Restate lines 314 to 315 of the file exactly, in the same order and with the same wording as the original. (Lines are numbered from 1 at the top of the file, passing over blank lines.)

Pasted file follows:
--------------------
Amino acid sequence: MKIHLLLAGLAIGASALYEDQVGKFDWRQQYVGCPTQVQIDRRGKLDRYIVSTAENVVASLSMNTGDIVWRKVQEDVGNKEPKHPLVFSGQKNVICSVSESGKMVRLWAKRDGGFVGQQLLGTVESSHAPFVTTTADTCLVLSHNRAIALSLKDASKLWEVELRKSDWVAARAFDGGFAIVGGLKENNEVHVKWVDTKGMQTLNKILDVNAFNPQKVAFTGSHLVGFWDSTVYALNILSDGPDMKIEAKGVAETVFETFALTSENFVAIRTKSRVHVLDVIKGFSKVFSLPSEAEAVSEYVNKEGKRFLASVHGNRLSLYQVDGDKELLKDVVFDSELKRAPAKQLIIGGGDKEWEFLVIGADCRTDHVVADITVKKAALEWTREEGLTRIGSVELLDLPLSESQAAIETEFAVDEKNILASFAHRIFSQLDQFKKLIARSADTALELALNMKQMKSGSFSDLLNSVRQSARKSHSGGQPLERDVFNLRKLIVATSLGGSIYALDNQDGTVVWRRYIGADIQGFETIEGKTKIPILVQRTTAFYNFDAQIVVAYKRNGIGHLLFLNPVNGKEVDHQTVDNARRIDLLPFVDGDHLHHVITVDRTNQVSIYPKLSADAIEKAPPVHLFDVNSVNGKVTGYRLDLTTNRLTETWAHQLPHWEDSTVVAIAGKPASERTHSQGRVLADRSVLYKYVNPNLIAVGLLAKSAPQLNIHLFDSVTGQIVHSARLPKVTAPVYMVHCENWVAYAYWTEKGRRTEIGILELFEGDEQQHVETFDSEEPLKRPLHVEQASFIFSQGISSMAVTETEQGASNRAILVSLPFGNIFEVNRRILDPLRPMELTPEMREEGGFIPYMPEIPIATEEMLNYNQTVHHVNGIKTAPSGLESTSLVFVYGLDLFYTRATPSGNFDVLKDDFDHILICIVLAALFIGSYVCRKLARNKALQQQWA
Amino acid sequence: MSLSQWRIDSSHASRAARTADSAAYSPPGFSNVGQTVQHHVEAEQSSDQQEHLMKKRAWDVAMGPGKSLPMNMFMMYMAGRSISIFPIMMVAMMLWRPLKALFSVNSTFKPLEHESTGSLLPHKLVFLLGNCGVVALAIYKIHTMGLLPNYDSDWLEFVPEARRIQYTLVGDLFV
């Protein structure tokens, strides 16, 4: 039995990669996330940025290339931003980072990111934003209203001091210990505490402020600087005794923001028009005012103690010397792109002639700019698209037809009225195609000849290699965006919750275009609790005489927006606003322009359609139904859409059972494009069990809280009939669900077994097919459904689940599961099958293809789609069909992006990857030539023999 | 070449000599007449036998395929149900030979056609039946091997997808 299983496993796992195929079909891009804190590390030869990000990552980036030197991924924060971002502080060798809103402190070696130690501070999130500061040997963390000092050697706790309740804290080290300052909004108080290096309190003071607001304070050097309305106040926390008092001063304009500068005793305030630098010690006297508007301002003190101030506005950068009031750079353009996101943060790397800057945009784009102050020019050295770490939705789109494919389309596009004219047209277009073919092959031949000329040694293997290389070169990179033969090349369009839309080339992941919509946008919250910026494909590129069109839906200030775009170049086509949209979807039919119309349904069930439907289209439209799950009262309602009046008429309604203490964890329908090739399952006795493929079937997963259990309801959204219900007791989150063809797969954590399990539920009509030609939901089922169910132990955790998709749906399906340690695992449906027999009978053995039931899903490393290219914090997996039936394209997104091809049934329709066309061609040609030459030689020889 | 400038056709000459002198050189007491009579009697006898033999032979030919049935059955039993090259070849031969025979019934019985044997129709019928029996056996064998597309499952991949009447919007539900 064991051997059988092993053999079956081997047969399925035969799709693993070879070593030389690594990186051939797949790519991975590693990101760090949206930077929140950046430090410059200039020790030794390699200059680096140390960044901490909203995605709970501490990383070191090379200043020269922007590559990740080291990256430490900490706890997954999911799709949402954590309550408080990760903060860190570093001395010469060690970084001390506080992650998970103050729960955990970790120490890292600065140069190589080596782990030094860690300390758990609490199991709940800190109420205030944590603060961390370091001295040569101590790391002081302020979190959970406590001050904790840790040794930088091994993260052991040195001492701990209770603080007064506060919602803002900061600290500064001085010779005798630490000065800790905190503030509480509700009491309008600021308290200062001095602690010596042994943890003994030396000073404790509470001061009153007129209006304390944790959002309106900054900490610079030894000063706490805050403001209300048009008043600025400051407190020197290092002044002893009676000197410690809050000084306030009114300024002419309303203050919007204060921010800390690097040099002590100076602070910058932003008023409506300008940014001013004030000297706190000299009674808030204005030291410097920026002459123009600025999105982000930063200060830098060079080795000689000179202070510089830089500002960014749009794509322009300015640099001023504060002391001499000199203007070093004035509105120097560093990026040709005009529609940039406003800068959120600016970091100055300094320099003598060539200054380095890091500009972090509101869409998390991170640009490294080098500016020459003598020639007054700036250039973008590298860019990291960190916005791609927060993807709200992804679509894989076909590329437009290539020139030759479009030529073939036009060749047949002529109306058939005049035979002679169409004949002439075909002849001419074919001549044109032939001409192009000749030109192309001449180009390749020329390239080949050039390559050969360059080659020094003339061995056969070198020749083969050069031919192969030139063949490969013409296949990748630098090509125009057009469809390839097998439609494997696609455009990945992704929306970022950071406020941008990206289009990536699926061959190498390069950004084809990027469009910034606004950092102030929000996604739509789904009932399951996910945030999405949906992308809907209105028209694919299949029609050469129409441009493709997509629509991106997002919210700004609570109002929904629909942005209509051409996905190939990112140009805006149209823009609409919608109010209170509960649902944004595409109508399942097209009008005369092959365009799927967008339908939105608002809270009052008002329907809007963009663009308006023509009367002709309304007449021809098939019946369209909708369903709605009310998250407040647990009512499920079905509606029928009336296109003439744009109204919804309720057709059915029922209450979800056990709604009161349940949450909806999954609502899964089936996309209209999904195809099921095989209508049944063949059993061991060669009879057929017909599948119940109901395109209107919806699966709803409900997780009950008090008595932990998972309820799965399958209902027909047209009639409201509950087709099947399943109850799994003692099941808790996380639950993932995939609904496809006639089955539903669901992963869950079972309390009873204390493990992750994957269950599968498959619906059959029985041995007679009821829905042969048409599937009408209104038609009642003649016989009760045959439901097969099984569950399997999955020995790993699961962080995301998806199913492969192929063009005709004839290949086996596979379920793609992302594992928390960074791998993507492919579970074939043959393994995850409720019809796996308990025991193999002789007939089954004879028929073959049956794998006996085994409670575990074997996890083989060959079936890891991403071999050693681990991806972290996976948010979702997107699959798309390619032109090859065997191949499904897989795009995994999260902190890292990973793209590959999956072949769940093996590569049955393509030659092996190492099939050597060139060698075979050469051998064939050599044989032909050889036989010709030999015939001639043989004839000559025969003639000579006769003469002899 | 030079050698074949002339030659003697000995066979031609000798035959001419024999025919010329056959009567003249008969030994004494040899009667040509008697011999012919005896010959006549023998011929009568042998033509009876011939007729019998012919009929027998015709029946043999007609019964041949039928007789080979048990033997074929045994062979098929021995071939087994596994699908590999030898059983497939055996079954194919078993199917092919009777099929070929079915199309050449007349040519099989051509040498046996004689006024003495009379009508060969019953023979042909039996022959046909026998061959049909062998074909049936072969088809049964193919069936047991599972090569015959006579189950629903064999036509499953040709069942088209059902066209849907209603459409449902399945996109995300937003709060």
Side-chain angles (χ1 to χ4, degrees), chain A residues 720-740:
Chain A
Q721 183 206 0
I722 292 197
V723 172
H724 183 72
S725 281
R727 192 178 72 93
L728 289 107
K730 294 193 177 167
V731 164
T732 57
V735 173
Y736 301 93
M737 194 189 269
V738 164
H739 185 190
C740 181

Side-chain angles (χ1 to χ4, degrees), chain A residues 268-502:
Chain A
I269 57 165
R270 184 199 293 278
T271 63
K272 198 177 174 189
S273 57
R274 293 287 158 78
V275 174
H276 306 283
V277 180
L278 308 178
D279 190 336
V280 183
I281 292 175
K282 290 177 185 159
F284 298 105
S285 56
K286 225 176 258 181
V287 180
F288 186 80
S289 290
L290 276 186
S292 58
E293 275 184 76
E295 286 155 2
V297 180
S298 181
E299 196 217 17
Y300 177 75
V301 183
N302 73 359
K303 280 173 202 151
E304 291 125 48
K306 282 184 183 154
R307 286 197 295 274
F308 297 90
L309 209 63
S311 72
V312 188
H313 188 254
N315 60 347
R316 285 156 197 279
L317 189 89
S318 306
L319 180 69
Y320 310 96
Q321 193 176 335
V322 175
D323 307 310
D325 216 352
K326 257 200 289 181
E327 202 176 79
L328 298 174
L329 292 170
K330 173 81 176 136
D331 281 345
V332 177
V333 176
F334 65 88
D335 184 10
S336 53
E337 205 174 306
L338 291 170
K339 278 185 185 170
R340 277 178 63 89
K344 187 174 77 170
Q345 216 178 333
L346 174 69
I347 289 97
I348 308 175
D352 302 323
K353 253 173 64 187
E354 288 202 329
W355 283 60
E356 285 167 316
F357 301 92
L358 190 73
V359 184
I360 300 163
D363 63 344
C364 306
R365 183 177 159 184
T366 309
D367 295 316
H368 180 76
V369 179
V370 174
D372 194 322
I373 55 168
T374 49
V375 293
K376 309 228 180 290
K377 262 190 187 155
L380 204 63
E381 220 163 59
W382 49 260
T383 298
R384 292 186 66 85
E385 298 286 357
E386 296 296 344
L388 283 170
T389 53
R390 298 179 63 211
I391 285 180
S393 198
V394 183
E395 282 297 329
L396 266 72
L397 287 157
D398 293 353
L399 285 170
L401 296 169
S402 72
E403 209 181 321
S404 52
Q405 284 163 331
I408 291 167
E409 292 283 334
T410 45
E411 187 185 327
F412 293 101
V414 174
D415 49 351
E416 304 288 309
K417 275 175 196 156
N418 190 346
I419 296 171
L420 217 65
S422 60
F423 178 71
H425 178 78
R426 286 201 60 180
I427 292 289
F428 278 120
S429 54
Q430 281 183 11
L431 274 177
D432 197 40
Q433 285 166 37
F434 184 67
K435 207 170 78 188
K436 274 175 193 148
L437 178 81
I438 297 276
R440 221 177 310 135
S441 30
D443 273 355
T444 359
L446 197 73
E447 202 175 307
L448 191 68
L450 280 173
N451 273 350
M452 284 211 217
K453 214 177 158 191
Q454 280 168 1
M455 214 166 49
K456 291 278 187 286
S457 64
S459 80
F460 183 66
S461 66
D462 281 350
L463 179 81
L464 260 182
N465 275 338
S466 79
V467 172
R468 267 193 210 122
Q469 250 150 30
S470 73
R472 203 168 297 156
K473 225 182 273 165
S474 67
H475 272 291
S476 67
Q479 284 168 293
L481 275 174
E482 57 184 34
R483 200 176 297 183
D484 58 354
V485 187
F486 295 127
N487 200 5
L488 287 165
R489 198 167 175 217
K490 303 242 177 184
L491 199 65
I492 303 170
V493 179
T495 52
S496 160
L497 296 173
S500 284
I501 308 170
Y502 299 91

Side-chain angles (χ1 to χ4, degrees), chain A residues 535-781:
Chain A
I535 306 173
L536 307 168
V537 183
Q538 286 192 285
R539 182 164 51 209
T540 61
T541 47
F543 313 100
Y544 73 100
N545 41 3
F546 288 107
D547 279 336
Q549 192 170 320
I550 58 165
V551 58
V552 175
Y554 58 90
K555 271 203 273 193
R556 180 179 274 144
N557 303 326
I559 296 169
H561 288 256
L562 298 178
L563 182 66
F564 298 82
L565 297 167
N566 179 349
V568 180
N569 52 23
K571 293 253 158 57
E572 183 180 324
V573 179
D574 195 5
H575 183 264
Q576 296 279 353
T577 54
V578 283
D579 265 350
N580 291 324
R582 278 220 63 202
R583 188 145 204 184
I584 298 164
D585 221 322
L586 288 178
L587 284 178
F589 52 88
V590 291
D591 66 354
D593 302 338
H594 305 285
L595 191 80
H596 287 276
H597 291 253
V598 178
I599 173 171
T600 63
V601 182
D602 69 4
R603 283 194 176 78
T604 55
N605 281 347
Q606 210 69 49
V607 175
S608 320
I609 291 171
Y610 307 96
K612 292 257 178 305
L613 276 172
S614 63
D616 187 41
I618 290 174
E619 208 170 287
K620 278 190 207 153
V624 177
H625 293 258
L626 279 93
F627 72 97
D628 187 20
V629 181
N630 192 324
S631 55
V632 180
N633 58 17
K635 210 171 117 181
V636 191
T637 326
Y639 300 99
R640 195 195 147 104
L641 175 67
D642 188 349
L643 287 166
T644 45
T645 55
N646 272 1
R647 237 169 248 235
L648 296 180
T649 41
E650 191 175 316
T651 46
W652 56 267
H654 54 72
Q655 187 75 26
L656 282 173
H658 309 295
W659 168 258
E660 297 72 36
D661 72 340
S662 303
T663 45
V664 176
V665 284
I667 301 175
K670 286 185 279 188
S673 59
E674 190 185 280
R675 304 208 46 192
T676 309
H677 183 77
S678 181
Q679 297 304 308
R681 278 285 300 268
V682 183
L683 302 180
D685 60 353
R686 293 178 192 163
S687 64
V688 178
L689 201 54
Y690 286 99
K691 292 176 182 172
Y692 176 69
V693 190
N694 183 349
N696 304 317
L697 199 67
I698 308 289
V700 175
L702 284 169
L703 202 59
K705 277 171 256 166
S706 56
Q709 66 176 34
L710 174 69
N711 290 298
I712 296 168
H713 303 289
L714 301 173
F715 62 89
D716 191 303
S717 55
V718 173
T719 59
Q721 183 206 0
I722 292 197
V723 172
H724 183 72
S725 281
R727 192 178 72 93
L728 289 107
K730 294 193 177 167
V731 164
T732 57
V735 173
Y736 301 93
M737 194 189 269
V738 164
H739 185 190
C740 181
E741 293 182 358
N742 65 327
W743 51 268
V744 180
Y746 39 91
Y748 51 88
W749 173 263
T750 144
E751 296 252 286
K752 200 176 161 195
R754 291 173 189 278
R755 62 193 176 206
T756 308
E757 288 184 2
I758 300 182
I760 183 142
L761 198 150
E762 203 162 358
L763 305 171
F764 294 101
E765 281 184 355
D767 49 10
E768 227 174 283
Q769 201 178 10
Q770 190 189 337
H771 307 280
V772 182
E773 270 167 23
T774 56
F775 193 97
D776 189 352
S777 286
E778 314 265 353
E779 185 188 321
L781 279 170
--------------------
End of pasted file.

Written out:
N646 272 1
R647 237 169 248 235